Solving the Puzzle of Charter Schools: A New Framework for Understanding and Improving Charter School Legislation and Performance

Friday, June 5th, 2015 at 1:00 pm by Elaine Liu

Elaine Liu, Solving the Puzzle of Charter Schools: A New Framework for Understanding and Improving Charter School Legislation and Performance, 2015 Colum. Bus. L. Rev. 273 (2015).

Contributing to the controversy over charter schools are empirical studies, such as the Center for Research on Education Outcomes National Charter School Study 2013, that find that charter schools have mixed results, with some seeing better student achievement outcomes relative to traditional public schools, and others seeing worse. This Note argues that developing a new framework to understand differences in state charter school laws based on their underlying purposes helps explain the significant variation across states in charter school performance.

Based on a state-by-state analysis of charter school legislation, this Note finds that states with charter school laws generally fall into three categories: (1) “gap-closing”; (2) “libertarian-oriented”; and (3) “mixed.” The first category includes states with laws that promote charter schools focused on improving outcomes for disadvantaged and underachieving students. The second category includes states with laws that promote charter schools as a means to provide parents and local communities, rather than the government, with more choices and greater control in education. The third category encompasses those states where charter school legislation promotes both of these purposes. Furthermore, results indicate that gap-closing states generally enjoy better charter school performance outcomes than do libertarian-oriented states, and that the typical charter school law of gap-closing states differs significantly from that of libertarian-oriented states. As such, this Note proposes that states can maximize charter school student achievement by adopting features that are characteristic of gap-closing states’ charter school laws—e.g., greater restrictions on entrance into the charter school market and greater oversight of both charter school authorizers and charter schools themselves.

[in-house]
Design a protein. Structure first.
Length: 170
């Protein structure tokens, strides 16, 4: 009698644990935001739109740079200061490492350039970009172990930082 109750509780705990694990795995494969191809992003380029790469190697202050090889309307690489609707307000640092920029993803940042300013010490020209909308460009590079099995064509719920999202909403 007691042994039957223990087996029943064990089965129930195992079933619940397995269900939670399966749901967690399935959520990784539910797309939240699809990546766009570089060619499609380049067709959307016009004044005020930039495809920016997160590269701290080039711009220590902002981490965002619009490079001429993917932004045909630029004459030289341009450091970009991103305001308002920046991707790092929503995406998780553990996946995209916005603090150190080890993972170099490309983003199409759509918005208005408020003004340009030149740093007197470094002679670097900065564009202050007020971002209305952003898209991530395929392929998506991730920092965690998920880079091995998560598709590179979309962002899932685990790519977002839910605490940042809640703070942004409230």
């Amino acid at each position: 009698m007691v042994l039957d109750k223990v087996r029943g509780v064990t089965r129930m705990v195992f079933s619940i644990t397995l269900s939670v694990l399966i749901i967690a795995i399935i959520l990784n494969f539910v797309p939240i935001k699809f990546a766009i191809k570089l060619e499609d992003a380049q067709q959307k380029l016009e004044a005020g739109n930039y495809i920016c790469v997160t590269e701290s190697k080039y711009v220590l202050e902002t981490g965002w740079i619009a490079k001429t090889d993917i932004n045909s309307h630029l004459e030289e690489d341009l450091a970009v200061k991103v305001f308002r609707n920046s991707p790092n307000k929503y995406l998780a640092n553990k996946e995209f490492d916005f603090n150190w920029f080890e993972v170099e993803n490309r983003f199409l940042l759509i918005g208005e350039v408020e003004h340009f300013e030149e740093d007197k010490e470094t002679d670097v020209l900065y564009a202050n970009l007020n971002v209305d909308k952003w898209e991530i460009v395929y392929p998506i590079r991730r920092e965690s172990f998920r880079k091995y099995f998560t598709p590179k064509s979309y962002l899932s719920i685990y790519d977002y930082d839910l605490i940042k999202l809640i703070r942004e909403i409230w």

Read Full Article

© 2015 Elaine Liu

Author Information

J.D. Candidate 2015, Columbia Law School; A.B. 2010, Harvard University.